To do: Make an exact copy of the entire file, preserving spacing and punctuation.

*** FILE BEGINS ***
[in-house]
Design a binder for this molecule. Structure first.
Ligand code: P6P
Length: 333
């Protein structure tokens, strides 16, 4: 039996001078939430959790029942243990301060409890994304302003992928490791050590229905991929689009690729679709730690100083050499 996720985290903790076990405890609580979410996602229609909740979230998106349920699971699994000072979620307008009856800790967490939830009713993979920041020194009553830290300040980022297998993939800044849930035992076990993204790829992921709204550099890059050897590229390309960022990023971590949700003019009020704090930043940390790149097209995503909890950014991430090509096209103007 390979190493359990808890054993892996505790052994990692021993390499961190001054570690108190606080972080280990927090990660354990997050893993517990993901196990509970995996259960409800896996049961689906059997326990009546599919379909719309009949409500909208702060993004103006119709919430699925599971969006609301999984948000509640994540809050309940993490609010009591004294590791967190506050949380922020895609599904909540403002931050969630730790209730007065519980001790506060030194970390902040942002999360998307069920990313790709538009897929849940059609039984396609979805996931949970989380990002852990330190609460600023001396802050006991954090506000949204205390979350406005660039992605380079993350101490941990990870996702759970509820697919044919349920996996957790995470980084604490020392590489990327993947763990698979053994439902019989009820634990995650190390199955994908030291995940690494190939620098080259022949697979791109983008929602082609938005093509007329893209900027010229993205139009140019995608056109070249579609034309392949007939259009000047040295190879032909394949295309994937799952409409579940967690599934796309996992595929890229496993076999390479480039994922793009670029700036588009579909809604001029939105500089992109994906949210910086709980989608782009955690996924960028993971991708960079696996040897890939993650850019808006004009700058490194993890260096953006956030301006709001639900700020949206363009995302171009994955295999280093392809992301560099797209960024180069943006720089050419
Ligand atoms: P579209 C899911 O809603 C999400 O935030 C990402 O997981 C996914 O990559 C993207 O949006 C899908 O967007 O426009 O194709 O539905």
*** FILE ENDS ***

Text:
[in-house]
Design a binder for this molecule. Structure first.
Ligand code: P6P
Length: 333
């Protein structure tokens, strides 16, 4: 039996001078939430959790029942243990301060409890994304302003992928490791050590229905991929689009690729679709730690100083050499 996720985290903790076990405890609580979410996602229609909740979230998106349920699971699994000072979620307008009856800790967490939830009713993979920041020194009553830290300040980022297998993939800044849930035992076990993204790829992921709204550099890059050897590229390309960022990023971590949700003019009020704090930043940390790149097209995503909890950014991430090509096209103007 390979190493359990808890054993892996505790052994990692021993390499961190001054570690108190606080972080280990927090990660354990997050893993517990993901196990509970995996259960409800896996049961689906059997326990009546599919379909719309009949409500909208702060993004103006119709919430699925599971969006609301999984948000509640994540809050309940993490609010009591004294590791967190506050949380922020895609599904909540403002931050969630730790209730007065519980001790506060030194970390902040942002999360998307069920990313790709538009897929849940059609039984396609979805996931949970989380990002852990330190609460600023001396802050006991954090506000949204205390979350406005660039992605380079993350101490941990990870996702759970509820697919044919349920996996957790995470980084604490020392590489990327993947763990698979053994439902019989009820634990995650190390199955994908030291995940690494190939620098080259022949697979791109983008929602082609938005093509007329893209900027010229993205139009140019995608056109070249579609034309392949007939259009000047040295190879032909394949295309994937799952409409579940967690599934796309996992595929890229496993076999390479480039994922793009670029700036588009579909809604001029939105500089992109994906949210910086709980989608782009955690996924960028993971991708960079696996040897890939993650850019808006004009700058490194993890260096953006956030301006709001639900700020949206363009995302171009994955295999280093392809992301560099797209960024180069943006720089050419
Ligand atoms: P579209 C899911 O809603 C999400 O935030 C990402 O997981 C996914 O990559 C993207 O949006 C899908 O967007 O426009 O194709 O539905």